Sun Pharma accuses Israel’s Taro of ‘accounting gamesmanship’

June 25th, 2008 - 8:26 pm ICT by IANS  


Mumbai, June 25 (IANS) The spat between Sun Pharmaceutical Industries Ltd and Israel’s Taro Pharmaceutical Industries Ltd worsened Wednesday with the Indian company accusing the latter of indulging in “accounting gamesmanship” over the sale of its subsidiary, Taro Ireland. In a strongly worded letter to Taro chairman Barrie Levitt released here, Sun Pharma chairman and managing director Dilip Shanghvi demanded full disclosure of facts relating to the proposed sale of Taro Ireland.

Failing this, the latter warned, Sun Pharma would “hold each of Taro’s directors personally accountable,” and also any potential buyer.

Referring to Taro’s letter to its shareholders June 19, and its initiating motion before the Tel Aviv district court June 15, Shanghvi said instead of addressing Sun Pharma’s objections to the proposed sale of Taro Ireland, Taro chose to accuse it of breach of good faith.

“We find this laughable,” he said.

Shanghvi said while Sun Pharma had no intentions to interfere in Taro’s operations, it publicly raised concerns to alert shareholders about the “unseemly circumstances” of the proposed sale.

He said its concerns arose from the fact that even Sun Pharma was a shareholder and potential owner of Taro.

Sun Pharma entered into a merger agreement with Taro in May 2007. But Taro attempted to block at every turn its efforts to “consummate” the deal, Shanghvi said.

On the proposed sale of Taro Ireland, Sun Pharma has raised several objections.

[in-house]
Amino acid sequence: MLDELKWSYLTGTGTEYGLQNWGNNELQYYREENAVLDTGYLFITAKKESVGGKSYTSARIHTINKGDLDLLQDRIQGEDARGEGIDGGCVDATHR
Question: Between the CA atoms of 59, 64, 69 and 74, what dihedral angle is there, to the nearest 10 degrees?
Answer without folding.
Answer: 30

The first pertains to what it said is the “mishandling of Taro Ireland”. Sun Pharma referred to Taro’s claims that operational costs at the Irish subsidiary stood at $800,000 per month, and that selling would improve Taro’s cash flow.

Shanghvi said this is an example of the ill-considered approach of the same management that led Taro to the brink of insolvency in 2006-07, requiring Sun Pharma to invest $60 million to rescue it.

Selling Taro Ireland at the present juncture would only have short-term benefits but will not realize a potentially substantial return on the $50 million investment that Taro has made in that company over the past few years, the letter said.

The Sun Pharma head also said that following the merger agreement, Taro was obligated to obtain Sun Pharma’s consent for the proposed sale of Taro Ireland.

Citing various instances, Shanghvi accused Taro of “engineering accounts” with a view to mislead the shareholders.

He also said the terms of the proposed sale were “unfavourable” on various counts and Taro failed to demonstrate transparency in the entire deal.

“The only rationale reason we can imagine for a sale so economically and strategically unfavourable to Taro and its shareholders is that it forms part of your concerted effort to discourage Sun from exercising its right to acquire Taro,” Shanghvi asserted.

Reiterating that this was not the right time to sell Taro Ireland, in view of several favourable developments in the recent past that would help optimize shareholder interests and value, Sun Pharma has demanded that Taro disclose full investments made in Taro Ireland till date, including capitalized losses, its present asset base, complete financials for the last five years, and product details.

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